US expert weighs in on Auckland measles outbreak and why our vaccination numbers are down

Source: 1News


As the number of measles cases continues to rise across the country, a US expert who has worked at the highest levels of Government, has weighed in on the fight against the disease.

Measles numbers have almost tipped the 1000 mark with 975 cases reported across New Zealand to date, the vast majority of those in Auckland.

Global immunisation expert, Walter Orenstein has worked as Deputy Director for immunisation programmes for the Bill and Melinda Gates Foundation and is a former Director of the US National Immunisation Programme.

He says to break the chains of human-to-human transmission, high immunisation levels are needed.

“It is entirely preventable,” he told TVNZ 1's Breakfast today.

“But it is returning and returning with a vengeance and the big problem is failure to vaccinate.”

He says vaccine hesitancy and misunderstanding surrounding getting vaccines is behind low immunisation numbers.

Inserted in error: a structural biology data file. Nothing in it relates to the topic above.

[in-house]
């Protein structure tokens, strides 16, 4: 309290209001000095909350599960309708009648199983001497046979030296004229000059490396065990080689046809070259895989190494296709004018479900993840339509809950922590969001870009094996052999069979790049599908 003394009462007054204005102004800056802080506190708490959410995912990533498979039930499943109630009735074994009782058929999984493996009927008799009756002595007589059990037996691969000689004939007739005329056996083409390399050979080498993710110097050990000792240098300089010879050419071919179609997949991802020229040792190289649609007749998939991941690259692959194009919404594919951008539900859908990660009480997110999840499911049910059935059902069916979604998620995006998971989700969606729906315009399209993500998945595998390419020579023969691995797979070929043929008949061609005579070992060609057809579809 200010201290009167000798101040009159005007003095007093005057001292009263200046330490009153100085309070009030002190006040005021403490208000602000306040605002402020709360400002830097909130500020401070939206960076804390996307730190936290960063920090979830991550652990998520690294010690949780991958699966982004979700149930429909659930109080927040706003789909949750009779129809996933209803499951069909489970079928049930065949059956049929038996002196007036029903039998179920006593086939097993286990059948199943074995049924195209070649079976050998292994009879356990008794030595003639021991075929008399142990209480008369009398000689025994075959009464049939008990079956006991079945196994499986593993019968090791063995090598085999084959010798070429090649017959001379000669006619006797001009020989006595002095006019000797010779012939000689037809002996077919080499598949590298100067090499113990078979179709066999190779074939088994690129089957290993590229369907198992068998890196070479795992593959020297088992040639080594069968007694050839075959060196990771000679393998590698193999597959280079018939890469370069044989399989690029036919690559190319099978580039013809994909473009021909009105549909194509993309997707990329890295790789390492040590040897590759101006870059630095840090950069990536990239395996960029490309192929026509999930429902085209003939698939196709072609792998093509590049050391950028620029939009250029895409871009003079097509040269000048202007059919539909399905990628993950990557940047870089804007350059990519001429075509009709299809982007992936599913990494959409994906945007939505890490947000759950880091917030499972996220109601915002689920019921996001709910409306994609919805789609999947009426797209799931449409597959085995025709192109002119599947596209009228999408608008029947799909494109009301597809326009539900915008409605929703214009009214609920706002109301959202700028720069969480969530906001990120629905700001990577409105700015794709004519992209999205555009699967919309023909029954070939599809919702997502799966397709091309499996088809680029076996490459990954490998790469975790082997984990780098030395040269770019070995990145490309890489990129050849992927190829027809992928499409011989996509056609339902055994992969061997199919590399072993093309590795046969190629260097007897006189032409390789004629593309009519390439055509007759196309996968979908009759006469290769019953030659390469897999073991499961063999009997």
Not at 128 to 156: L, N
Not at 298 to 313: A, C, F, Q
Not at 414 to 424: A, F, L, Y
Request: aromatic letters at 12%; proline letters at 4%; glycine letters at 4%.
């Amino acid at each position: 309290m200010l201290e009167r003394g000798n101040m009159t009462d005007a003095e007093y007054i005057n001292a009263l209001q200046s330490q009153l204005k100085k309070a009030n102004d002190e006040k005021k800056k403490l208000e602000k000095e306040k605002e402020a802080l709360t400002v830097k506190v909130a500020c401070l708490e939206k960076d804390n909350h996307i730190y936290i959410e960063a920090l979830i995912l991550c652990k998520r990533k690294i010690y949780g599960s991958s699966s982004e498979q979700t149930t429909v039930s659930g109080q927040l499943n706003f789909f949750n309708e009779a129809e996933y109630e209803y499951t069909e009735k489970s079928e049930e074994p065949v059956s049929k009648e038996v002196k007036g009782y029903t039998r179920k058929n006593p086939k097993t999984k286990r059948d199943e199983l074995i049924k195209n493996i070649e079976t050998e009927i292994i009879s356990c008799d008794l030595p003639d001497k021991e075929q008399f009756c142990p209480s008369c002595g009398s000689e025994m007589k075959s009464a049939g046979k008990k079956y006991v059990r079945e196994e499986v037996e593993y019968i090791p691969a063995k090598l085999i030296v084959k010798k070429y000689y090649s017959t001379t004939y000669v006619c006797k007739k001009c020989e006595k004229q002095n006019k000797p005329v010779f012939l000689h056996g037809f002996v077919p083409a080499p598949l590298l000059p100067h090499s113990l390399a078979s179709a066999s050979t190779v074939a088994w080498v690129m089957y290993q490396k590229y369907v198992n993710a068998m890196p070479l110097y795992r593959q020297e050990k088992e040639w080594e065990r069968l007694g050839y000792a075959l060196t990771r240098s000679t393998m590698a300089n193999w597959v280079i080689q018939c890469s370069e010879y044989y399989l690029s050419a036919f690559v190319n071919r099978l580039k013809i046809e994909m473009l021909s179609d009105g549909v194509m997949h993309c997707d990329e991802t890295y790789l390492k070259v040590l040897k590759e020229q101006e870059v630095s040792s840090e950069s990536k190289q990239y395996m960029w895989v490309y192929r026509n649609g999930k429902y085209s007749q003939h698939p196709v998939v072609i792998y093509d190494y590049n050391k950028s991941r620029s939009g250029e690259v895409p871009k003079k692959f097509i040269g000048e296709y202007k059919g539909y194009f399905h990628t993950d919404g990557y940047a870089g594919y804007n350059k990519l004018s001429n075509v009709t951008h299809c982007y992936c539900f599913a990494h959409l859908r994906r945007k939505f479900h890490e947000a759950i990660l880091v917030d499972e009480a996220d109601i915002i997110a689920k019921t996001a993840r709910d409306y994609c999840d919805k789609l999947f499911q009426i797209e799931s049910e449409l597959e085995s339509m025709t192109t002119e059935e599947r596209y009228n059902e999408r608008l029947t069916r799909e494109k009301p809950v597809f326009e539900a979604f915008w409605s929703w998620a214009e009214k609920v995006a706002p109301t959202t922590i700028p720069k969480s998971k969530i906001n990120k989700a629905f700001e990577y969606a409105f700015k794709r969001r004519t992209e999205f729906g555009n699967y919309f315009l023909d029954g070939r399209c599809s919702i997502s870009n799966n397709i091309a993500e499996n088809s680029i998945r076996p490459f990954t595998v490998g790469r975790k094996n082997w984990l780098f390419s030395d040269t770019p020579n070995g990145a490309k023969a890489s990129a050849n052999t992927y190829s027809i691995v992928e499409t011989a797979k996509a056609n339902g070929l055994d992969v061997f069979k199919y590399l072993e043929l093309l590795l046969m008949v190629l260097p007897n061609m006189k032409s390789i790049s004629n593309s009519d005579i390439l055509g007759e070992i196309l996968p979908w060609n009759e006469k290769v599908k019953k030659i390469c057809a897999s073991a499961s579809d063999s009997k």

“The hesitancy unfortunately is not randomly distributed, but in clusters and it’s the clusters of those susceptible that allow outbreaks and transmissions to occur,” Mr Orenstein says.

Making the vaccine easily accessible to those who are poor, he says, is another important factor in reducing low vaccination numbers.

Prime Minister Jacinda Ardern has ramped up immunisation efforts in the Auckland region where the outbreak is centralised.

And the Government is looking into the idea of pharmacies being able to give measles vaccines, as the number of cases continues to grow.

"Immunisation is the best way to fight this outbreak," the Prime Minister told 1 NEWS on Monday.

"At present the only place we consider there to be an outbreak is Auckland, particularly South Auckland," Ms Ardern said.

The Ministry of Health is also training 25 additional nurses to be able to give the vaccines.